I'm actually making a casting/skill/support occultist, and dumping charisma, so that's the only type of skills she won't be able to do. I was thinking of taking this just as a substitute for diplomacy in asking a bartender for information or talking my way past a guard, but I'd never even consider using it in a combat encounter. That's what more powerful enchantments are for. :P
Bear in mind that as an psychic caster, my spells won't have verbal, somatic, or material components, though she has an implement as a focus (she clutches her necklace when casting enchantment spells), so nobody will know she's casting a spell.
This seems like the type of thing the spell was actually designed for, so I'm hoping not to run into too much table variation from GMs. What do the rest of you think?
Claxon may be right about a non-archetype inquisitor being better, or at least comparable, if you're doing archery, due to the lack of teamwork feats worth sharing with the animal.
I still think Sacred Huntmaster is just slightly better than a Hunter for damage output on a melee pair, just because they get Bane. But because of the spell lists, the Hunter gets more stuff to buff the animal, while the Sacred Huntmaster gets more self buffs, so it really comes down to which you want to focus on more - the animal and nature, or the inquisitor and some non-nature skill stuff.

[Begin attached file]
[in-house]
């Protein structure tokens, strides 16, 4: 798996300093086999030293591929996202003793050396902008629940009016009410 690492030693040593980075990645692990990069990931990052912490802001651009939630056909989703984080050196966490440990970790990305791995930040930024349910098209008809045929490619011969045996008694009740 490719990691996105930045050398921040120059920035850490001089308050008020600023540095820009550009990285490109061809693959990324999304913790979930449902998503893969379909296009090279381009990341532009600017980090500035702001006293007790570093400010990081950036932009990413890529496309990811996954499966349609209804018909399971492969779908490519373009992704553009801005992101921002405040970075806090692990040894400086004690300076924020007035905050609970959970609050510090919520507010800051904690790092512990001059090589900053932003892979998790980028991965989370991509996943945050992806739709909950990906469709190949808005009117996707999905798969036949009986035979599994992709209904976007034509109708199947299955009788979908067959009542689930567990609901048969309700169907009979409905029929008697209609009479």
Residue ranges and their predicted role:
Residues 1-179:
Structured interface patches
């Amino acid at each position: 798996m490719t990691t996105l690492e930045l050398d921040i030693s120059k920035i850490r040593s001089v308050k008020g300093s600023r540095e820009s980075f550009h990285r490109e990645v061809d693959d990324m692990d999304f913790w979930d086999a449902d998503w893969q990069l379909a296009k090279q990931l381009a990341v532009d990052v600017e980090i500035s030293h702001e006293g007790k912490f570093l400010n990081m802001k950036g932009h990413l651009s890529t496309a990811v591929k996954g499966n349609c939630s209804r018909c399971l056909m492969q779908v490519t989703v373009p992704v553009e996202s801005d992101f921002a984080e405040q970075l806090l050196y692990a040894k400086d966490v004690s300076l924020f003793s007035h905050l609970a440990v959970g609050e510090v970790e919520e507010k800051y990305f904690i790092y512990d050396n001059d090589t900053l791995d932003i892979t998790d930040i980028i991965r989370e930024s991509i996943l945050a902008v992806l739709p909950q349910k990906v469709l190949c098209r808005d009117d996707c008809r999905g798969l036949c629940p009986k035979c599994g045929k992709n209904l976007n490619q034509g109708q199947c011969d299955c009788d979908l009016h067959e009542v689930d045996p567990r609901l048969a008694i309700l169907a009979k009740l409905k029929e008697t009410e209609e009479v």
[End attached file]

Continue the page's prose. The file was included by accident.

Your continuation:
But there's a teamwork feat that lets you split your spells with the critter, too. So you could cast stuff like Divine Favor on both of you at the same time as the Sacred Huntmaster, which is another point in favor of the one that can self buff better, then share it.
??? While judgments are a nice bonus, they aren't what make inquisitors "viable for damage".
I have an inquisitor who's mostly a skill monkey, but is an archer in combat. He wasn't much of a damage dealer at low level, even with judgements. Then he hit 5th level, and all of a sudden he's a heavy hitter. Yes, it's limited in rounds per day, which is why I considered the Extra Bane feat. Bane is clearly the best class feature of the inquisitor.
But on the topic of this particular archetype, they get an animal companion in exchange for judgments. Which do you think can do more damage per round? A whole attack (or possibly more) by a critter, or that +1 from judgment at level 1? Even at higher levels, when judgement does more damage, the multi-attacks from the critter, with all sorts of teamwork feats to make them even better, is a HUGE boost.
I don't know what you have against this archetype, but it's clearly a viable archetype, even if it takes away your favorite part of being an inquisitor.